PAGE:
Now I reckon you could say that linkin' the conventions that closely with gardens could tumble the profession back to the front yard.  And that might be a danger.  We oughtta ask Claude Cormier and Chris Reed how doing the garden festival up at Reford worked out for them.  There's probl'y a lotta things that would have to be worked out- it would be hard and risky, which might be why the good folks at ASLA haven't done it yet.  And so we're left with a little suburban-style ASLA-ville for an expo.  We need to know our materials, and the products out there, but seein' 'em disembodied and strewn about the basement of a convention center like some kind of post-modern material freak show will not suffice.
[the excellent Safe Zone by Chris Reed and Stoss]

- H. Willis Montcrief


  1. H. Willis Montcrief is almost as snarky and pithy as previous contributers to this blog... I like it!

    I also think the idea presented is a fantastic one. The current conventions (which I might add are the sole source, for most professionals, of continuing education credits to maintain licensure) are stale at best. It becomes far to easy to show up, pay the lectures half a mind, stroll through expo, and hob knob with some former coworkers or classmates for your credits without having to really engage. Two days later, you're back in your office, doing the same as before, having taken on the requisite amount of learnin' for another year.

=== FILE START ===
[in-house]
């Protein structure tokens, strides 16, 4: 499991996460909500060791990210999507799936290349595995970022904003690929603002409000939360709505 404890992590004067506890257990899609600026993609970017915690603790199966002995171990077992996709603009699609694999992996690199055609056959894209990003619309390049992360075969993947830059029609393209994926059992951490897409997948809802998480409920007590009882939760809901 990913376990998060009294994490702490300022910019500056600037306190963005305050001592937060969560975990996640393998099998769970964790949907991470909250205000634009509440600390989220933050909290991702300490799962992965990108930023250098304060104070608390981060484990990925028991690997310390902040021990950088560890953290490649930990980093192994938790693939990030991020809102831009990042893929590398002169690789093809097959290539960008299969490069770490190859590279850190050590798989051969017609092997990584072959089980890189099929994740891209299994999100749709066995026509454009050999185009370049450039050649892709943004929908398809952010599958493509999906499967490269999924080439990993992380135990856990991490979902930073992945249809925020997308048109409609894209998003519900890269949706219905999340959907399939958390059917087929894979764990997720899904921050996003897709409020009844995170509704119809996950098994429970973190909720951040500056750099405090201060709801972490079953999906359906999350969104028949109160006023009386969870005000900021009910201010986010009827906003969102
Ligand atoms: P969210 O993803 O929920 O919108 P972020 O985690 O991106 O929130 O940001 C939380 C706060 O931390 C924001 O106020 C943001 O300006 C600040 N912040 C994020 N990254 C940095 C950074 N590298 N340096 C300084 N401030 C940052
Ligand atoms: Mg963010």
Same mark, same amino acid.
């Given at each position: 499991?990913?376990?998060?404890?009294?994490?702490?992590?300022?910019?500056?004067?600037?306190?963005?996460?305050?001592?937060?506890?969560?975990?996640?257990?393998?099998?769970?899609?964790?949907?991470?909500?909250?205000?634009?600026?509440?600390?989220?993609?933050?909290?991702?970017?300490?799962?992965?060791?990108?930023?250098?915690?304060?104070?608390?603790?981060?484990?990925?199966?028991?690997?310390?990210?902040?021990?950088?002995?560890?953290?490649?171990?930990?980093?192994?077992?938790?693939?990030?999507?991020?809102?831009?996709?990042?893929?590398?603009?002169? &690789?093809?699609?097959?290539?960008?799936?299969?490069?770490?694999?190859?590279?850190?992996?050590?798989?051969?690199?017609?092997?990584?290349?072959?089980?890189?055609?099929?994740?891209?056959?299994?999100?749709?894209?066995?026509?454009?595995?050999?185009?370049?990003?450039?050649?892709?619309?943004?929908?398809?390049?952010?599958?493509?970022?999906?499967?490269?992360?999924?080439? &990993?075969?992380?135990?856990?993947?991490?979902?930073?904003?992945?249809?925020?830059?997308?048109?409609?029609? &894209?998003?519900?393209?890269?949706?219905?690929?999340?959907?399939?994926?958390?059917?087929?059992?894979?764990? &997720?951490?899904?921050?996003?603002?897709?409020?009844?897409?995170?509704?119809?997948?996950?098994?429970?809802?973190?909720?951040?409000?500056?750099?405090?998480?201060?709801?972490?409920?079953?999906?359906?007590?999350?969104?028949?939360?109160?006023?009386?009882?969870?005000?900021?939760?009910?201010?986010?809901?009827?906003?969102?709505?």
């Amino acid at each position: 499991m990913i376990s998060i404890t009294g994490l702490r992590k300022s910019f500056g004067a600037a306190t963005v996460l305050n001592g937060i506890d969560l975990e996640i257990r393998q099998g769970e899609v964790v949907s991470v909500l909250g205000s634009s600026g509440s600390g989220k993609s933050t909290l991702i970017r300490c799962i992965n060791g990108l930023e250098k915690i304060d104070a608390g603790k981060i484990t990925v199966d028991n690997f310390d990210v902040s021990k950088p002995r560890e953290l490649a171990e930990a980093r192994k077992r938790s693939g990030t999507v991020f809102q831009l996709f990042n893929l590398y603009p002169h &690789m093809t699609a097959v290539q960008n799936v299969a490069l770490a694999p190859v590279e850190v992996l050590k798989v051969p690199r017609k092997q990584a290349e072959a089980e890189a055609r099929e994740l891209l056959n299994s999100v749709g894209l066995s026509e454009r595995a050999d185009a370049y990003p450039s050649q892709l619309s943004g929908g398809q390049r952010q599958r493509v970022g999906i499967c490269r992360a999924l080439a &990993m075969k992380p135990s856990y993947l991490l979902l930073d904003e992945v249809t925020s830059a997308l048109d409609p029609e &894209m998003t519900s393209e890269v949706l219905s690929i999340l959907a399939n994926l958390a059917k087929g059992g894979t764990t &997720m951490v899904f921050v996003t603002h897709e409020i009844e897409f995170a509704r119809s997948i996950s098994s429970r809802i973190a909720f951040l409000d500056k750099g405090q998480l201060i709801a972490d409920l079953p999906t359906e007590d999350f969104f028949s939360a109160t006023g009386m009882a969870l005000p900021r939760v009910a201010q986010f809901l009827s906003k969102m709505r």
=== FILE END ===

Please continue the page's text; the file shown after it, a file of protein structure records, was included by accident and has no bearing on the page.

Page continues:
I take no issue with the lectures, by all means I enjoy hearing professionals wax poetic about their political maneuvering or insightful allegory as the next guy, but I'll maintain that you can only absorb the information from one or two of these, over a long weekend, before ones eyes glaze over and you stalk, zombie like, to the nearest sponsored refreshment table. At the very least you would think contributory, interactive or hands-on demonstrations could be accommodated or offered as alternatives. Rather than being lectured could you possibly learn by example, or conversing, or doing? Shouldn't that be worth a credit or two?

  2. you bring up a good point. i know that the logistics that go in to putting on such a big production are complicated and so tough to change.

    nonetheless, general changes in technology and the economy, as well as the amazing work that is possible (and to some extent being done) within the profession which ASLA represents suggests strongly that some changes are needed. I hope we can contribute some constructive ideas, as well as some pressure, to begin adapting the convention to reflect these changes.